Tuesday, 19 August 2014

We need more Superheroes in Hyndburn and Haslingden

The Antony Nolan Trust has ranked Hyndburn and Haslingden as 228th in the league table of constituencies by the number of registered stem cell donors. We have a total of 840 people registered and I’d like to think we can recruit more people in order to help people with blood cancer.

I was recently contacted by a young Hyndburn family whose son Charlie aged 5, needed a registered donor and I hope this story will encourage others to register as a superhero donor.

Lucy Hamlin, Charlie's mother has given permission to use Charlie's details to help raise awareness of the issue.

Charlie, had just turned 5 when he was taken to Royal Blackburn A and E in January 2013 with a nosebleed that just wouldn’t stop. A blood test at the hospital showed he had low red blood cells and platelets and that he needed an immediate blood transfusion, followed by a platelet transfusion. The next morning he was transferred by Ambulance to Royal Manchester Children’s hospital with suspected leukaemia.

Further tests including a bone marrow aspirate and further blood tests showed that he had Aplastic Anemia - bone marrow failure - and needed ATG treatment or a Bone Marrow transplant as soon as possible. He was let home after a week’s stay but had to return twice weekly to Manchester for blood tests and weekly blood and platelet transfusions. He was at risk of infection and was unable to return to school, or mix with other children in case he picked up an infection. He was also on antibiotic medication to prevent him getting ill.

Unfortunately a search of the bone marrow register came up with no suitable matches.

By March, he had undergone further bone marrow aspirations and more blood tests to find out what had caused his bone marrow to fail. This meant that ATG treatment would not work and his only option was a bone marrow transplant. The consultant was very clear that if he did not undergo a bone marrow transplant, he would not survive.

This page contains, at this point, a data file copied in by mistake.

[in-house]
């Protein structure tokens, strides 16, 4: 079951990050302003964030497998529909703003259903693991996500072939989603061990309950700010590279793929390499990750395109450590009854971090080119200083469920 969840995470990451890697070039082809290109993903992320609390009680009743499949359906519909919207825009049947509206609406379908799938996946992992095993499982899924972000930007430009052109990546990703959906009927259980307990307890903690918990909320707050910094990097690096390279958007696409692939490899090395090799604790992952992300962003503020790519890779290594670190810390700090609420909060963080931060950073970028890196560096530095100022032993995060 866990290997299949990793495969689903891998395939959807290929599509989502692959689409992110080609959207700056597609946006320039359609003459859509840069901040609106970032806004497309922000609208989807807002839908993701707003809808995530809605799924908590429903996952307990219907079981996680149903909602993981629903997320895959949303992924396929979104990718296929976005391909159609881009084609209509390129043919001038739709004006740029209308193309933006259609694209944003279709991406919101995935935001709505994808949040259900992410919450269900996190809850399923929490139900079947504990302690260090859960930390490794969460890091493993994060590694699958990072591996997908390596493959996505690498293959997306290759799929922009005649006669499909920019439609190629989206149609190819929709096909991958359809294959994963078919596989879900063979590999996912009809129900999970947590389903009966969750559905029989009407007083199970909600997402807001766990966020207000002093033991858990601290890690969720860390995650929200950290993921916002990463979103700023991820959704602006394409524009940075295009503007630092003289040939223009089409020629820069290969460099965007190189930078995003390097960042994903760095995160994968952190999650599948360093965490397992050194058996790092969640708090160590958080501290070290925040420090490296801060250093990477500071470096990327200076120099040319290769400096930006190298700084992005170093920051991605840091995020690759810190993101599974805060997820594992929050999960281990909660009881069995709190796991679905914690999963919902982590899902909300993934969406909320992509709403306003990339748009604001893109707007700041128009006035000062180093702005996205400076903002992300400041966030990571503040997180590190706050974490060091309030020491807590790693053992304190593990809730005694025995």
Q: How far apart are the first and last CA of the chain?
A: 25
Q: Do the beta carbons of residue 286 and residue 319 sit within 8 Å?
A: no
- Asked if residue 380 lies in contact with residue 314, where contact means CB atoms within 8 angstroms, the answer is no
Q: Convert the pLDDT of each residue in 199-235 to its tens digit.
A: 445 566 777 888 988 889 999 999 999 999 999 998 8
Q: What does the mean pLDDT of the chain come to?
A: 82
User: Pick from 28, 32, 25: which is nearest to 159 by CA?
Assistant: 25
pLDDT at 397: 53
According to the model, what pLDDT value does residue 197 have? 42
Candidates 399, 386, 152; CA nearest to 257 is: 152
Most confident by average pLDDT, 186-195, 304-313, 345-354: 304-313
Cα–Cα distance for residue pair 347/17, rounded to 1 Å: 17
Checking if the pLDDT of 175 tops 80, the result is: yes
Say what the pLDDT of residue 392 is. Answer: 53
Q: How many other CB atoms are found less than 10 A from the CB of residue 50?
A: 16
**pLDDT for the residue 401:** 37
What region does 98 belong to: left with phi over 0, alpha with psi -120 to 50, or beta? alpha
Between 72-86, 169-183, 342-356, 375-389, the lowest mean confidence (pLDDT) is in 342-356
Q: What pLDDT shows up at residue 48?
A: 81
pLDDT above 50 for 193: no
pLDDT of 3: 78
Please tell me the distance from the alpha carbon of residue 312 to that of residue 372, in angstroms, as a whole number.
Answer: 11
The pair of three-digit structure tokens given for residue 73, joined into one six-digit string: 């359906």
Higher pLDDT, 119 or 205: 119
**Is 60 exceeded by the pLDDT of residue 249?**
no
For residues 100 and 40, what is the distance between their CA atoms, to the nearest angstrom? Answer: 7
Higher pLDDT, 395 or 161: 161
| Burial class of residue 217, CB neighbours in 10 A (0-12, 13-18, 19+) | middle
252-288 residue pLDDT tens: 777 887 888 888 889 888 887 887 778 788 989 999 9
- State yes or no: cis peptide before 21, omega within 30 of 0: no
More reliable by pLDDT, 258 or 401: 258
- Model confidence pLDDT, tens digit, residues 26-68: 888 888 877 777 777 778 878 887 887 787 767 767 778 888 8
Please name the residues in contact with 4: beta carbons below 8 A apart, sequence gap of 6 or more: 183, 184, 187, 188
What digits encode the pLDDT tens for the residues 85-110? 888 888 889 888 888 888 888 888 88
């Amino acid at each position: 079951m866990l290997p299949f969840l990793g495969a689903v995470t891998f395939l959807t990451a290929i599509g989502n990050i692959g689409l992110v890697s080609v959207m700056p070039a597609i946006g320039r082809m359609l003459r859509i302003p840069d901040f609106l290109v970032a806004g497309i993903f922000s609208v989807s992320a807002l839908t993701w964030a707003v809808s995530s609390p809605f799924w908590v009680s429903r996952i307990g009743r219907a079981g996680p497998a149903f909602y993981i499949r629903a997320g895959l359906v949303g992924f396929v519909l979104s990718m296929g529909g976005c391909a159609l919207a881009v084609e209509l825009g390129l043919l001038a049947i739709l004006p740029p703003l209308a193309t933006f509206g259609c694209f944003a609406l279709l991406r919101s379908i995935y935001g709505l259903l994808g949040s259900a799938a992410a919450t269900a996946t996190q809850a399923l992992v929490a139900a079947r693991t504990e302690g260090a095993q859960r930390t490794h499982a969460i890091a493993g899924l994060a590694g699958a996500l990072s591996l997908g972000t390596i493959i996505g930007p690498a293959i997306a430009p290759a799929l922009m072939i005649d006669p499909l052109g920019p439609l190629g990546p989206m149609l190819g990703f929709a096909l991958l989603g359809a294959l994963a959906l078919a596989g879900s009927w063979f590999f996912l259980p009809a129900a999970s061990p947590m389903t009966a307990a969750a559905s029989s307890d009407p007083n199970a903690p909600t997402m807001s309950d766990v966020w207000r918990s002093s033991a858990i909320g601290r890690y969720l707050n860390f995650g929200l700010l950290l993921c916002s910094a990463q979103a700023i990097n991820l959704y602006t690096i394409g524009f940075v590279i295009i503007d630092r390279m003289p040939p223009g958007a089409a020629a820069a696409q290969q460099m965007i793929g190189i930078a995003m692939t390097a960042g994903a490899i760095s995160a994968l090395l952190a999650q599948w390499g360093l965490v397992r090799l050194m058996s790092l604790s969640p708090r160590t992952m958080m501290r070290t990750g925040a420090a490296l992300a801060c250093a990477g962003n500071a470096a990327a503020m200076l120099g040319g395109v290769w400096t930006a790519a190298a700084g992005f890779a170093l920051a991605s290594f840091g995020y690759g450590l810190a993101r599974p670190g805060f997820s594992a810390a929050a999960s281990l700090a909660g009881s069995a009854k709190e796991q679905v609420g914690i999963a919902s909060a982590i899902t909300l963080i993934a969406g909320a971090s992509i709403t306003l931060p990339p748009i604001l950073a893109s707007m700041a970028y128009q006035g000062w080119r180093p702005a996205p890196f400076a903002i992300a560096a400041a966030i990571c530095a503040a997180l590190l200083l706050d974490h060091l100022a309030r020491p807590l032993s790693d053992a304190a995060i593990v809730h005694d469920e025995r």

Further searches of the bone marrow register came up with a possible donor in Brazil, so in reality we still did not have a donor.

Eventually, the register found umbilical cord donors available (where mothers donate their umbilical cord blood just after birth) but again, these were from overseas. However there were four possible matches available.

Charlie was booked in for his transplant on Monday 20th May 2013 but was admitted on 13th May as he underwent Total Body Irradiation (radiotherapy) and four days of chemotherapy to destroy what was left of his own bone marrow.

He had his transplant with a donor cord blood from Germany as scheduled and the family waited patiently for it to take effect. Unfortunately by four weeks post-transplant it was evident that it had not worked and by six weeks post-transplant, the consultant was discussing other options - including testing his mother and his father as half matches. Before they decided on using his mum’s cells, they decided to try a second cord donor from New York as this was a better match.

Charlie had his second bone marrow transplant on 15th July 2013 and luckily this did work. During this time, Charlie was in isolation, which meant he was unable to leave his hospital room on the bone marrow transplant unit and was limited to only 4 visitors throughout this period.

Thankfully, he was discharged after 105 days in hospital on 29th August and had to take many different medications to keep him healthy. He had daily visits back to Manchester, which became weekly visits, then twice monthly. He was finally told he had full immune recovery on 18th December 2013 - just in time for Christmas!

Today, he is doing very well. He was able to return to school in February 2014 and takes everything that has happened to him in his stride.

Charlie’s story helps us see that joining the register can save lives and help children in Hyndburn and Haslingden. I’d like to thank his mum, Lucy, for contacting me about the Antony Nolan Trust and their campaign.

For information please visit: www.anthonynolan.org.